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Ontario Liberal leadership candidate Sandra Pupatello walks into her campaign office surrounded by supporters in Toronto on Jan. 24, 2013. (MICHELLE SIU/THE GLOBE AND MAIL)
Ontario Liberal leadership candidate Sandra Pupatello walks into her campaign office surrounded by supporters in Toronto on Jan. 24, 2013. (MICHELLE SIU/THE GLOBE AND MAIL)


Pupatello’s potential next steps give fellow candidates pause Add to ...

Presented with the scenario during an editorial board meeting this week, Sandra Pupatello laughed.

“Are you trying to talk me out of this?” she joked.

It’s a little too late for that, and in any event, Ms. Pupatello does not give the impression of someone who frightens easily. But the question that was put to her, about the messy set of circumstances that would ensue if she emerges victorious from this weekend’s Ontario Liberal leadership convention, is giving pause to the fellow candidates whose support she will need to put her over the top.

For Dalton McGuinty’s successor as premier, the immediate to-do list – which will include choosing a new cabinet, hiring new staff, preparing a Speech from the Throne, launching an overdue budget process, trying to restore some degree of labour peace and finding common ground with the provincial opposition – will be enormously daunting. Ms. Pupatello, unlike fellow front-runner Kathleen Wynne, would have to do all that while also seeking a seat in the Legislature during a by-election.

At the least, she would be distracted, putting off not just the Legislature’s return but also some of her preparation for it. Considering that the Windsor seat that Finance Minister Dwight Duncan has promised to vacate is held by the NDP federally, and that unions might flood the riding in an attempt to embarrass the Liberals, there is also a very real chance that Ms. Pupatello would lose, plunging the government into crisis.

Another possibility is also making the rounds. A good number of Liberals are speculating that Ms. Pupatello might bypass such prospects altogether, in favour of quickly plunging the province into a general election – something that she has generally seemed more disposed toward than the other candidates.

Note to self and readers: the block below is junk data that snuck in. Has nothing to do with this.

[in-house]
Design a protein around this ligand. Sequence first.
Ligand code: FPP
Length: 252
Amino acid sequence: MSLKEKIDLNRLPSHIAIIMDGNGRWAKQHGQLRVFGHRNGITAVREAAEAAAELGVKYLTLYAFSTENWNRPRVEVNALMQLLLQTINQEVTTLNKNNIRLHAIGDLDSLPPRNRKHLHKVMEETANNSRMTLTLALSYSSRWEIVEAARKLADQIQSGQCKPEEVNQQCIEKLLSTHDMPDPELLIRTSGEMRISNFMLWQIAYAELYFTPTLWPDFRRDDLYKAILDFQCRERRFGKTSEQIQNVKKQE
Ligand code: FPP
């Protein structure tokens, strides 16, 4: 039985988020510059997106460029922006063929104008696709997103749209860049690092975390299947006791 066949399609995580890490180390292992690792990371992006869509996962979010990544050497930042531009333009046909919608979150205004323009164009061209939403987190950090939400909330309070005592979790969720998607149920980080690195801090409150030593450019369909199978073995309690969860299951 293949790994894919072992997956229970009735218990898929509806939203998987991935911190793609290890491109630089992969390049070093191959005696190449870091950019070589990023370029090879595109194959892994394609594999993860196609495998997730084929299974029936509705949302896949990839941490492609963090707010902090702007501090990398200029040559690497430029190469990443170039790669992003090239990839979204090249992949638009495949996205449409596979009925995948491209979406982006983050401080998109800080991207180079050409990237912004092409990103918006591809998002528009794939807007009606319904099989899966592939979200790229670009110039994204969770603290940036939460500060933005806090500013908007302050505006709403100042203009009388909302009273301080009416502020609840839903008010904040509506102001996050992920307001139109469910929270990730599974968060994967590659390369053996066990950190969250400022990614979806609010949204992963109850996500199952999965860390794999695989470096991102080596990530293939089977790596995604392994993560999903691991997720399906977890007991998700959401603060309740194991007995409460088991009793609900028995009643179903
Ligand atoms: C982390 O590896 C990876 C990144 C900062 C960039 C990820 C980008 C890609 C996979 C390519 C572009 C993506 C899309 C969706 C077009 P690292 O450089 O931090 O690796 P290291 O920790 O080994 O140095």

While much of this chatter is coming from Ms. Wynne’s camp, it’s not limited to there. Nor is it difficult to imagine how such a decision might be justified. Ms. Pupatello has pushed back against election concerns by saying one of the first things she plans to do is talk to Progressive Conservative Leader Tim Hudak and the NDP’s Andrea Horwath about making the minority legislature work; she could emerge from those discussions saying that their unreasonable demands require her to seek a stronger mandate.

If nothing else, all this is driving home the likelihood that the government would enjoy more short-term stability under Ms. Wynne. That’s problematic for Ms. Pupatello, because with their party trailing in the polls and in need of major rebuilding, many Liberals want to keep governing for as long as possible.

The uncertainty is particularly complicating the looming decisions for Harinder Takhar and Charles Sousa. Running fourth and fifth, respectively, the relatively right-leaning candidates are seen as more ideologically aligned with Ms. Pupatello than third-place Gerard Kennedy or sixth-place Eric Hoskins, and thus likeliest to throw their support behind her on later ballots. But Mr. Takhar and Mr. Sousa both come from suburban ridings that are far from secure – and sources say that Mr. Sousa, in particular, has expressed concern about going to the polls too soon.

Such concerns will, of course, be balanced off against other considerations, so Ms. Pupatello could well emerge as premier in spite of them. But for all that she’s able to laugh off post-convention circumstances, others are finding that a bit more difficult.

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